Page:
That’s it. Enjoy, and stay warm.

Update: The awesome illustrations I’ve added to this post are from my pal Shea Satterlee, whose work can be found at her website. Reach out to her for more, and support artists!

Hot Toddy Print Me

  • 1½ oz bourbon
  • 1 oz ginger syrup*
  • ¾ oz lemon juice
  • 1 tsp allspice or pimento dram
  • 3 oz boiling water
  1. Stir bourbon, ginger syrup*, lemon juice and allspice or pimento liqueur in Bartender’s Bain-Marie until warmed through. Transfer to preheated mug and top with boiling water. Garnish with orange peel.

Recipe printed courtesy of

39 Replies to “Hot Toddies Suck – Long Live the Hot Toddy”

  • Evan says:

    I found the newer version with the honey-ginger syrup and then found this version without the honey. Will try the honey-ginger version tonight. Seems similar to a Penicillin but warm with allspice :-). I made a regular hot toddy last night…not very good. Glad I found your version!

  • Chris Lee says:

    You changed the ginger syrup recipe!!!

    I came here for quick validation & it’s now ginger, water & sugar instead of honey. I made it that way but think we all liked it better with honey here.

    I know in your video and I think here before it was ginger, water & honey (equal parts).

    Is there a reason you updated the ginger syrup to sugar?


  • John Campbell says:

    We keep things simple here in Eire for hot toddies, pre-heated glass mug, a shot of house whiskey (35.5ml of Jameson, usually) 1-2 teaspoons brown sugar, lemon slice with at least four cloves piercing the rind (and left in to infuse as you drink) topped up with boiling water from the kettle, stir until sugar is dissolved and water is cooled down enough to drink and bobs ur uncle fannys ur aunt. This will cure all ailments and warm any chills.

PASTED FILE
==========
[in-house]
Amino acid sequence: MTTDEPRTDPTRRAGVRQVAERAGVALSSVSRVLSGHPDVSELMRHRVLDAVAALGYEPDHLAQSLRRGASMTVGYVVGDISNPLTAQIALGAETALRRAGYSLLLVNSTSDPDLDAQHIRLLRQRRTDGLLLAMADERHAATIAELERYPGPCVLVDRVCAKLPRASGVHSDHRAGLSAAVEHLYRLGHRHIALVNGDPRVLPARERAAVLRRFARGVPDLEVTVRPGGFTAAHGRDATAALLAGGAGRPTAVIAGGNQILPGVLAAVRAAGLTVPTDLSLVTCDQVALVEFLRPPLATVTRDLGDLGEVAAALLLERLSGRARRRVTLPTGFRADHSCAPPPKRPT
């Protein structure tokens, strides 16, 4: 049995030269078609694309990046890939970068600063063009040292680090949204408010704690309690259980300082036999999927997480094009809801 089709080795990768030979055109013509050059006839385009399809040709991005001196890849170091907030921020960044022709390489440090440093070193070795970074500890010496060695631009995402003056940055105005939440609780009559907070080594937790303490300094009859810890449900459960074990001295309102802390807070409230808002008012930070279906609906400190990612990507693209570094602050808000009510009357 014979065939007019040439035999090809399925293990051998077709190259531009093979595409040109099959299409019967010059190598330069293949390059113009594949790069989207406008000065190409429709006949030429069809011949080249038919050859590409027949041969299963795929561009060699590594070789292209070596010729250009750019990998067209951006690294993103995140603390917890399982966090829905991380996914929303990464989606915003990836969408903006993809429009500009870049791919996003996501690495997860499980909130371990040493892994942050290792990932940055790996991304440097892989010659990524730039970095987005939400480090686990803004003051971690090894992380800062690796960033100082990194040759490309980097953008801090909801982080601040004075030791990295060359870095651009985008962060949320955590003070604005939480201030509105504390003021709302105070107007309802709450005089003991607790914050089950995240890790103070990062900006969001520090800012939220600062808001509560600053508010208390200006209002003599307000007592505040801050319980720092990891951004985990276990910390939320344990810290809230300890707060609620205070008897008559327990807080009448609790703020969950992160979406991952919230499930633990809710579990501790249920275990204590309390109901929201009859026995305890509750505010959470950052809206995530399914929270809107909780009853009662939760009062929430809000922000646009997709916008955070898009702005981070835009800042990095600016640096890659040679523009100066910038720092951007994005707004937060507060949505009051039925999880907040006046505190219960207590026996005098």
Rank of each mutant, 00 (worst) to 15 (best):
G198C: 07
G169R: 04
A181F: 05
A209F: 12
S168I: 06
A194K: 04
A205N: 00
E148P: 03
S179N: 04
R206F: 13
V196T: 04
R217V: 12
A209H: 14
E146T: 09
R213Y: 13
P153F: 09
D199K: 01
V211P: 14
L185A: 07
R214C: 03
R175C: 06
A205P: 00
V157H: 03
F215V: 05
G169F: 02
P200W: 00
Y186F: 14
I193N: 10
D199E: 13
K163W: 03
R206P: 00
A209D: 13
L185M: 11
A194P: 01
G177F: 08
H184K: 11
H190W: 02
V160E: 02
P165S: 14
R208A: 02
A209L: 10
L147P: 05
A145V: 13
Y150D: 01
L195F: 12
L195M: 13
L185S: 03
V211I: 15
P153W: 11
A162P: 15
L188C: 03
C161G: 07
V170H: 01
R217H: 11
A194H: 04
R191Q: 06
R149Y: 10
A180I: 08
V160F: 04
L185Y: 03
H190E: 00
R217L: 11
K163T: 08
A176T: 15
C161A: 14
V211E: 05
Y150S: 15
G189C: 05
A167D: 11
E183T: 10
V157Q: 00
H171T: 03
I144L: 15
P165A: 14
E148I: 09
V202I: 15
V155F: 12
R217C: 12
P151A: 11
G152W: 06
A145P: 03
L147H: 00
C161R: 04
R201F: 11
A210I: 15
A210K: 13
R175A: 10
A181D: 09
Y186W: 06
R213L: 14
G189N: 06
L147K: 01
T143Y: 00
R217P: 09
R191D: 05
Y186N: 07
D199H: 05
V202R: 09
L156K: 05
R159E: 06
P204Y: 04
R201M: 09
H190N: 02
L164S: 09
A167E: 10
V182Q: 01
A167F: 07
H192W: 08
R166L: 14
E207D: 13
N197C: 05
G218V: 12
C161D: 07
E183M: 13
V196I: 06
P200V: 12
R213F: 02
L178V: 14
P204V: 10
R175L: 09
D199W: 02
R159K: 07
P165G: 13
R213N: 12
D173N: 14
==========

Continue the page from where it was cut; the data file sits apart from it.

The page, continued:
• Charlie says:

    The first ingredient I thought of for Hot Toddy was whisky. Nothing too expensive, mind. I use Whyte and Mackay and the amount I use depends on how bad the cold is!

    In a mug, pour just-boiled water over a couple of slices of peeled root ginger and a generous wad of lemon. Mix in a good tea-spoonful (or more) of honey to sweeten and add a dram or two of whisky.

    Enjoy. Repeat as necessary 🙂

  • Justin says:

    I’m a big fan of hot toddys so I eagerly tried this one once I made the ginger syrup and pimento dram, wow was it gingery! Overpoweringly gingery, I can’t tasst anything but ginger gingery :s

    Switching to a teaspoon of the syrup instead gave a nice bite of the ginger but now I could taste the other ingredients…and still maintain some feeling in my mouth.

    Tasting the syrup alone it’s all ginger, no mellowing my the simple syrup, no sweetness, just fiery ginger heat…which has it’s place but overpowers this drink tremendously.

    Any ideas where I may have gone wrong?

  • Kathy says:

    I often enjoy a hot toddy at home, for medicinal purposes, but I’m also lazy.

    My method is to use Yujacha, Korean citron tea concentrate (sort of like a yuzu marmalade) which is dissolved in hot water. Then I add a shot of whiskey or rum and call it a day.